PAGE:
There's a couple of things I forgot to mention in previous posts.
One is the new screensaver I'm using on both my work and home computers: Polar Clock
This was mentioned in the March 2009 issue of "Wired" as one of the top ten things that the staff liked that month.
Actually, it was ranked number 1. :)
Polar Clock shows month, date, day, hours, minutes and seconds as colored concentric arcs that grow as time passes.
They spawn from the 12 o'clock position and grow clockwise, progressively changing color from white to blue to pink
to red to yellow to green back to white. It's pretty and functional, available for Mac and PC.
The Kzin says "check it out".
Another is about eMusic and how they have been busy lately.
First, they've actually signed Warp Records. For real this time.
You might recall the fangasm I had when eMusic accidentally made available a dozen Warp releases for one day.
I guess they licensed the albums for Europe and North America was not supposed to see them. I snagged the stuff
I wanted before they could take 'em down the next day, muahahaha!
It was a while back and I couldn't find the original post because I forgot to tag it with "emusic". Blargh.
Anyway, Warp records is a legendary label in electronica circles, having released some truly excellent material in
its 20 year existence. Warp introduced me to the Egyptronica stylings of Black Dog Productions, a less harsh side
of Aphex Twin (as Polygon Windows), the concept of Detroit Techno with Kenny Larkin and his "Azimuth" album,
and many other wondrous things. Warp showed that there was more to techno than happy fun rave and breakbeat.
You may have heard the term "IDM" (Intelligent Dance Music) thrown about here and there. This is where it started. :)
eMusic is starting off easy with just 19 albums, many of them from the early days.
Which means that, yes, I own most of these on CD already. :)
Of particular interest, if you missed them the first time:
The first "Artificial Intelligence"
compilation, providing a 10-track sampler of what to expect from Warp Records.
This and other "AI" releases listed below were distributed in the US by TVT/Wax Trax and those are the CDs I have.Autechre's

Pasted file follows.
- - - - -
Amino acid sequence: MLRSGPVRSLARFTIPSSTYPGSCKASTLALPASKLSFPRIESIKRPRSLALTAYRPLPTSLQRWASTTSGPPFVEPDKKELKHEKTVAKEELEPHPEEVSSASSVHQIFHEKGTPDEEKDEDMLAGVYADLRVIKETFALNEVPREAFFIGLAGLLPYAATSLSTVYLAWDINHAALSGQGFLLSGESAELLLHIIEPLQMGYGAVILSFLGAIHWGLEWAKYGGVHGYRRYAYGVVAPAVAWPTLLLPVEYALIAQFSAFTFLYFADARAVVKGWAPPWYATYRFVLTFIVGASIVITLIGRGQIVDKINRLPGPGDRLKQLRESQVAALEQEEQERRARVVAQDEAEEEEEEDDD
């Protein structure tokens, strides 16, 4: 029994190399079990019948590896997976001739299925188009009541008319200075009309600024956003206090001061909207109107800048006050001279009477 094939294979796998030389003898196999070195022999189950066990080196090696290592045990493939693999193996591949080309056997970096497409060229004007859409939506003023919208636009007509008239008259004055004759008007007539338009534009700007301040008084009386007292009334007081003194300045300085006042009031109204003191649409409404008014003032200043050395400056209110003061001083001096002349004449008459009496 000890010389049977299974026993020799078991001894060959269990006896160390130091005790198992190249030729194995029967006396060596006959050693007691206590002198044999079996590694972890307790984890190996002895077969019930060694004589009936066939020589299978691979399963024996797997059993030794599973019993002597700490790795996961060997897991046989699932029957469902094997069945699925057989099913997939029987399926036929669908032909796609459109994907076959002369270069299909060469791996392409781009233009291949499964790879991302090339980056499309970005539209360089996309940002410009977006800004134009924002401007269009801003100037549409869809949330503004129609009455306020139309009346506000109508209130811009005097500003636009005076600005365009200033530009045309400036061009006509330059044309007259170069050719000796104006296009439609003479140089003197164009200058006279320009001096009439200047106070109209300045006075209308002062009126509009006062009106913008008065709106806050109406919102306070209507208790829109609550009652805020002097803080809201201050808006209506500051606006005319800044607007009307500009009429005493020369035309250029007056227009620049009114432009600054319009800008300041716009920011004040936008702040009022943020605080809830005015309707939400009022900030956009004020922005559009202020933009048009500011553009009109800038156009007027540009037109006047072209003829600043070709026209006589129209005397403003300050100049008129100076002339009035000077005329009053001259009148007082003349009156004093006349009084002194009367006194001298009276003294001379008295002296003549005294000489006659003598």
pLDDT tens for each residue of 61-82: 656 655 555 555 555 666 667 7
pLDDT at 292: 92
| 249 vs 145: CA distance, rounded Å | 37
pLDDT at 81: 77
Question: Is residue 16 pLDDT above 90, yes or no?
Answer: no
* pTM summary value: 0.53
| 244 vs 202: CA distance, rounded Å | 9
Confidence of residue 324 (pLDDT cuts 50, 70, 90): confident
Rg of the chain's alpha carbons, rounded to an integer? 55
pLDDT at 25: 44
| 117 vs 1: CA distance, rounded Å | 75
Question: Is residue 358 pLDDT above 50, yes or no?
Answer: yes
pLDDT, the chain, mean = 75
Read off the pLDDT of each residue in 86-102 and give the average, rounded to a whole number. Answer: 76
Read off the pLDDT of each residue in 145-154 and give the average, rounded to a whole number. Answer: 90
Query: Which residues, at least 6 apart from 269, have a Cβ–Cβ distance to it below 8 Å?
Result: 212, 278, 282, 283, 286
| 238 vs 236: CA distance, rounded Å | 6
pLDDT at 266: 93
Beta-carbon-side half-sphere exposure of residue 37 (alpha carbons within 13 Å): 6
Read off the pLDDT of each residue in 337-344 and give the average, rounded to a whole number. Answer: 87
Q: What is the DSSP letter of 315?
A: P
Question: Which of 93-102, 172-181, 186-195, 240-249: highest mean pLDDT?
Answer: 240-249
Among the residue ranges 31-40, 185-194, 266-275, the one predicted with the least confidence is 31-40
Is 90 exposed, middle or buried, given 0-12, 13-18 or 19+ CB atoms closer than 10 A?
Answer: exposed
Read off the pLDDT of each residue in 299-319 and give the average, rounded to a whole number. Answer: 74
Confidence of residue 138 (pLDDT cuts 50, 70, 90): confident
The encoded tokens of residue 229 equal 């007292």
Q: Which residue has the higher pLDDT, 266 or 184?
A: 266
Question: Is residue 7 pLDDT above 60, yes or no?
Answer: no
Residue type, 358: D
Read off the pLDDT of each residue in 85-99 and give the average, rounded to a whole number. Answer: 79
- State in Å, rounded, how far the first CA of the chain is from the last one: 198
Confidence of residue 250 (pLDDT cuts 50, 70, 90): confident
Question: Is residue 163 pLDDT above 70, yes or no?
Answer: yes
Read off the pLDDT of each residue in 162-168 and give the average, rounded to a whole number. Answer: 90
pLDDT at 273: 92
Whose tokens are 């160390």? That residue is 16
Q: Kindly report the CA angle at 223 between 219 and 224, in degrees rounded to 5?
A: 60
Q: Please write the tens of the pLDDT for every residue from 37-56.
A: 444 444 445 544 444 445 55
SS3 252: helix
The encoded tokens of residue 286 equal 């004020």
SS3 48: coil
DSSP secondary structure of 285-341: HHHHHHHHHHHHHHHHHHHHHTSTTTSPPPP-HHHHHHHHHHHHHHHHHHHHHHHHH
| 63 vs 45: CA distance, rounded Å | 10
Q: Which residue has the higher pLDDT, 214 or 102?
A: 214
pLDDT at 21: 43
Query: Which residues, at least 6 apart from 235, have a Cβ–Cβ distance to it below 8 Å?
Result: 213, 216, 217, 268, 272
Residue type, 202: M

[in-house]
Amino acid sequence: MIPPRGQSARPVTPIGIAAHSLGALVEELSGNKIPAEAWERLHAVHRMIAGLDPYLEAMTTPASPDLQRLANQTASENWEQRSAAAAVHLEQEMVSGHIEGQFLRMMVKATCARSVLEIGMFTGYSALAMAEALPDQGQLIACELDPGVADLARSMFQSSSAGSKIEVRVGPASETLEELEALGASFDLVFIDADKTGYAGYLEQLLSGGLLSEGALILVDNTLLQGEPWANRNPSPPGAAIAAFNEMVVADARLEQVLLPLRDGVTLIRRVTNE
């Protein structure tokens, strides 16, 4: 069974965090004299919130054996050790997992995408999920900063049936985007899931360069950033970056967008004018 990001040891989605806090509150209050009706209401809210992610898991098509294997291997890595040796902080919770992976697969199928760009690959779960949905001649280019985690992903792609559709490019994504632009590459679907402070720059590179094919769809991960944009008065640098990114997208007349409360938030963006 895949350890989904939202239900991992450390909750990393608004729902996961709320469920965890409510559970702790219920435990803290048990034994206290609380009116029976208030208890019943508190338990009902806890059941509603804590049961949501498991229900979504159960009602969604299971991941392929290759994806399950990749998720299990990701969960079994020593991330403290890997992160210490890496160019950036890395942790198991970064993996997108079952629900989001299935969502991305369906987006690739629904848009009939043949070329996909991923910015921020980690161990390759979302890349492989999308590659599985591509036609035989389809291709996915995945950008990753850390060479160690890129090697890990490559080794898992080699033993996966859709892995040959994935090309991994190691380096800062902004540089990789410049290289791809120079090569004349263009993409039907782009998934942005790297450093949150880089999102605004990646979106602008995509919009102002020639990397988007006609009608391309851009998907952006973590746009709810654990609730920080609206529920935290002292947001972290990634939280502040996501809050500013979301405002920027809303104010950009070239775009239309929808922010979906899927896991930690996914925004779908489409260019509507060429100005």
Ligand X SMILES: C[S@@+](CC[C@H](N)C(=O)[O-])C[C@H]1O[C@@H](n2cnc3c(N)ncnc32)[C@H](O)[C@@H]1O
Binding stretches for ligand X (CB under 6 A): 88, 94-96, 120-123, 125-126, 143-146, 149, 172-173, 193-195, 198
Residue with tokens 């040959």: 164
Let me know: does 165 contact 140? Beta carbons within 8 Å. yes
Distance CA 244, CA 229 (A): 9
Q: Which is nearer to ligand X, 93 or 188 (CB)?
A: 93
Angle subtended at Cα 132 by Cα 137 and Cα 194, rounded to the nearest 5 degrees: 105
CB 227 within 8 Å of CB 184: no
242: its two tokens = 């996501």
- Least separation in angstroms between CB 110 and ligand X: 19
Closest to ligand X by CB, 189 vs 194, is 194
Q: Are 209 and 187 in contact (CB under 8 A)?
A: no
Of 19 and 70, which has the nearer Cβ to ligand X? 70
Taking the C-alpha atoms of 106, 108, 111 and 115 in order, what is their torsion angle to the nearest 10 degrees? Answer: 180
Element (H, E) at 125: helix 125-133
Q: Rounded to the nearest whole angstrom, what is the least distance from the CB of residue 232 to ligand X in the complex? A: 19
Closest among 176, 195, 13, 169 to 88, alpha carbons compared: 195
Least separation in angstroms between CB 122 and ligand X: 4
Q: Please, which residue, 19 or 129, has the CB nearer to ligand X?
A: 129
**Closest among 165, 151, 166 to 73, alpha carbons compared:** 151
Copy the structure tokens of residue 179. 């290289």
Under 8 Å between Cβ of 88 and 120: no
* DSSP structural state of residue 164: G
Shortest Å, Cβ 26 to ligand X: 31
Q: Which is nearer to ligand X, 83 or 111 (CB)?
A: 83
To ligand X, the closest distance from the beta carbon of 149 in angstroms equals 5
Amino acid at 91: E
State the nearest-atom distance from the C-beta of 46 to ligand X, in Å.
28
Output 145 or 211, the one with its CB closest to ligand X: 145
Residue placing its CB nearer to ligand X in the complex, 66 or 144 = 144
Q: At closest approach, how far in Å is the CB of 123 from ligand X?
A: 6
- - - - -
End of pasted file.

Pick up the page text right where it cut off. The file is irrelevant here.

first two albums, "Amber"
. Much more melodious than their later output.Kenny Larkin's
album. I've babbled about Detroit Techno in this journal many a times.
This album will give you a good idea of what Detroit Techno is all about, a sort of futuristic techno soul."Frequencies"
, not to be confused with the stupid failed pop band LFO that came later.
This LFO actually has talent and rocked the house back in the day. This album is a must-have."Surfing On Sine Waves"
, the only album ever released by Polygon Windows, a Richard D. "Aphex Twin" James
It's very different from his "drill'n'bass" and acid madness from the early days. It's still strange and it's still
got a beat though! Definitely worth checking out.
And last, but in no way least, "Bytes"
by Black Dog Productions
(mistakenly listed as "Various Artists" by eMusic).
I know I've talked about Black Dog Productions and Plaid in this journal before. Black Dog was Ken and Ed and Andy.
Then Andy and Ed left and used their Plaid moniker as a permanent band name. Ken still makes music as The Black Dog.
eMusic carries a lot of The Black Dog, some of it dating back to when Ed and Andy were still in the group.
I urge you to listen to the bits of "Bytes" on eMusic and hear for yourself the wonder that is Black Dog Prods.
There's really nothing quite like it. The odd beats, the strange ancient Egyptian vibe to some of the tracks.
I find this stuff utterly entrancing. This is why Black Dog/Plaid are my all-time favorite electronic artists.
Yes, even more favorite than Orbital or Kraftwerk or The Orb or the Detroit Techno guys. :D
eMusic has also signed Superstition Records
, a German label that became the refuge of artists formerly on the
Eye-Q Records labels: Harthouse, Eye-Q, and Recycle Or Die. I have an awful lot of Eye-Q CDs, so I am interested.
The style of Superstition seems to be mostly German Trance and House.
And holy crap, there are 172 different items listed under that label on eMusic! O_O
Off-hand, I recommend looking at stuff from Humate
and Mijk Van Dijk
And finally, The Prodigy
have a new album: "Invaders Must Die"
. It's okay, nothing particularly groundbreaking.
I do like tracks 2 ("Omen"), 3 ("Thunder"), and 5 ("Take Me To The Hospital").
I am intensely amused by Track 9, "World's On Fire", because it contains a beat that really really REALLY sounds like
something Praga Khan/Lords Of Acid have used in one of their tracks. I mean, really, it's hilariously blatant! :D
And that's it! I think I'm forgetting another label and...
Oh yeah, Metropolis! No, wait, I think I mentioned it before.
Anyway, with Metropolis
, eMusic now has everything Juno Reactor
ever released, including their crappy new album,
"Gods And Monsters", which really sucks, and "Luciana"
, the weird-ass 1-hour ambient collaboration with The Orb.
Which is actually hard to find on CD, and is one single track so it counts as only one download, nice one eMusic!
Metropolis also means a truckload of Gary Numan, KMFDM (WOOH!), Meat Beat Manifesto (YEA!), Front Line Assembly,
Assemblage 23, Clan Of Xymox, Die Krupps, Front 242, Mindless Self Indulgence, and other happy fun industrial acts.
Achtung baby! :D
Anyway, I hope you enjoyed this lil' ride through eMusic's neat new (old) stuff.